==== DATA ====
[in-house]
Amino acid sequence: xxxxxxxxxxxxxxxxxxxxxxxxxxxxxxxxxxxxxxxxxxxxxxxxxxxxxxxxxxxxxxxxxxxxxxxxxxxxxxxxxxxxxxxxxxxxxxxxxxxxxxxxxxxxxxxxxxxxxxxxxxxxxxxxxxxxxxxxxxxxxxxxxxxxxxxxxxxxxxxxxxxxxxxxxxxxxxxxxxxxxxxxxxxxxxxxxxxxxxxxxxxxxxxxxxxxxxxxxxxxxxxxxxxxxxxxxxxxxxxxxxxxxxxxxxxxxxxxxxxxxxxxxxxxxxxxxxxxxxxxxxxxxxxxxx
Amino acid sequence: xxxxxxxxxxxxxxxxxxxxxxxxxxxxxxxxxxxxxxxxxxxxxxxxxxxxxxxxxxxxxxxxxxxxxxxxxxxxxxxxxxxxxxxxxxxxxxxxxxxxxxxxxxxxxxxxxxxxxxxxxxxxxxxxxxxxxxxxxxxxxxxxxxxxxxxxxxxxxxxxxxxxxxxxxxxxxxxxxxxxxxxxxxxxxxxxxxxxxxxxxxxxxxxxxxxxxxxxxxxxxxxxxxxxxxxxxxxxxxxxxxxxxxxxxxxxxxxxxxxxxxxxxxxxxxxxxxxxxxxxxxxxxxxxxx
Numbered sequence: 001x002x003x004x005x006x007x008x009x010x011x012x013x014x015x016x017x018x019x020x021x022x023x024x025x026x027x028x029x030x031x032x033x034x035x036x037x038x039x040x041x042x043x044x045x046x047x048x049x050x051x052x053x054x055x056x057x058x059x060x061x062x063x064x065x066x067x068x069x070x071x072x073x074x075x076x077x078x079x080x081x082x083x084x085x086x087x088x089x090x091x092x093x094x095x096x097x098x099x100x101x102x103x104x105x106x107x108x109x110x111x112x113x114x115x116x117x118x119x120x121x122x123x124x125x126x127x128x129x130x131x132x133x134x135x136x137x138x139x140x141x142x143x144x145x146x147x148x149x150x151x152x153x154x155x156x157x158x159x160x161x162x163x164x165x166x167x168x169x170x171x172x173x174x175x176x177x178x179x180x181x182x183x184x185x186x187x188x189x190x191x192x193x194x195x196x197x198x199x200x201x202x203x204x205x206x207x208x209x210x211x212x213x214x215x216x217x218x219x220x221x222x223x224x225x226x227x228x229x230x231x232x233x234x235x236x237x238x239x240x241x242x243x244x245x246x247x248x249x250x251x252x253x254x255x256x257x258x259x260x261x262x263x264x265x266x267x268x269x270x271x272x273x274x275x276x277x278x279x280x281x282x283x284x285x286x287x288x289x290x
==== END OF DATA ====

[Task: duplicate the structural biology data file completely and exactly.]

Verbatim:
[in-house]
Amino acid sequence: xxxxxxxxxxxxxxxxxxxxxxxxxxxxxxxxxxxxxxxxxxxxxxxxxxxxxxxxxxxxxxxxxxxxxxxxxxxxxxxxxxxxxxxxxxxxxxxxxxxxxxxxxxxxxxxxxxxxxxxxxxxxxxxxxxxxxxxxxxxxxxxxxxxxxxxxxxxxxxxxxxxxxxxxxxxxxxxxxxxxxxxxxxxxxxxxxxxxxxxxxxxxxxxxxxxxxxxxxxxxxxxxxxxxxxxxxxxxxxxxxxxxxxxxxxxxxxxxxxxxxxxxxxxxxxxxxxxxxxxxxxxxxxxxxx
Amino acid sequence: xxxxxxxxxxxxxxxxxxxxxxxxxxxxxxxxxxxxxxxxxxxxxxxxxxxxxxxxxxxxxxxxxxxxxxxxxxxxxxxxxxxxxxxxxxxxxxxxxxxxxxxxxxxxxxxxxxxxxxxxxxxxxxxxxxxxxxxxxxxxxxxxxxxxxxxxxxxxxxxxxxxxxxxxxxxxxxxxxxxxxxxxxxxxxxxxxxxxxxxxxxxxxxxxxxxxxxxxxxxxxxxxxxxxxxxxxxxxxxxxxxxxxxxxxxxxxxxxxxxxxxxxxxxxxxxxxxxxxxxxxxxxxxxxxx
Numbered sequence: 001x002x003x004x005x006x007x008x009x010x011x012x013x014x015x016x017x018x019x020x021x022x023x024x025x026x027x028x029x030x031x032x033x034x035x036x037x038x039x040x041x042x043x044x045x046x047x048x049x050x051x052x053x054x055x056x057x058x059x060x061x062x063x064x065x066x067x068x069x070x071x072x073x074x075x076x077x078x079x080x081x082x083x084x085x086x087x088x089x090x091x092x093x094x095x096x097x098x099x100x101x102x103x104x105x106x107x108x109x110x111x112x113x114x115x116x117x118x119x120x121x122x123x124x125x126x127x128x129x130x131x132x133x134x135x136x137x138x139x140x141x142x143x144x145x146x147x148x149x150x151x152x153x154x155x156x157x158x159x160x161x162x163x164x165x166x167x168x169x170x171x172x173x174x175x176x177x178x179x180x181x182x183x184x185x186x187x188x189x190x191x192x193x194x195x196x197x198x199x200x201x202x203x204x205x206x207x208x209x210x211x212x213x214x215x216x217x218x219x220x221x222x223x224x225x226x227x228x229x230x231x232x233x234x235x236x237x238x239x240x241x242x243x244x245x246x247x248x249x250x251x252x253x254x255x256x257x258x259x260x261x262x263x264x265x266x267x268x269x270x271x272x273x274x275x276x277x278x279x280x281x282x283x284x285x286x287x288x289x290x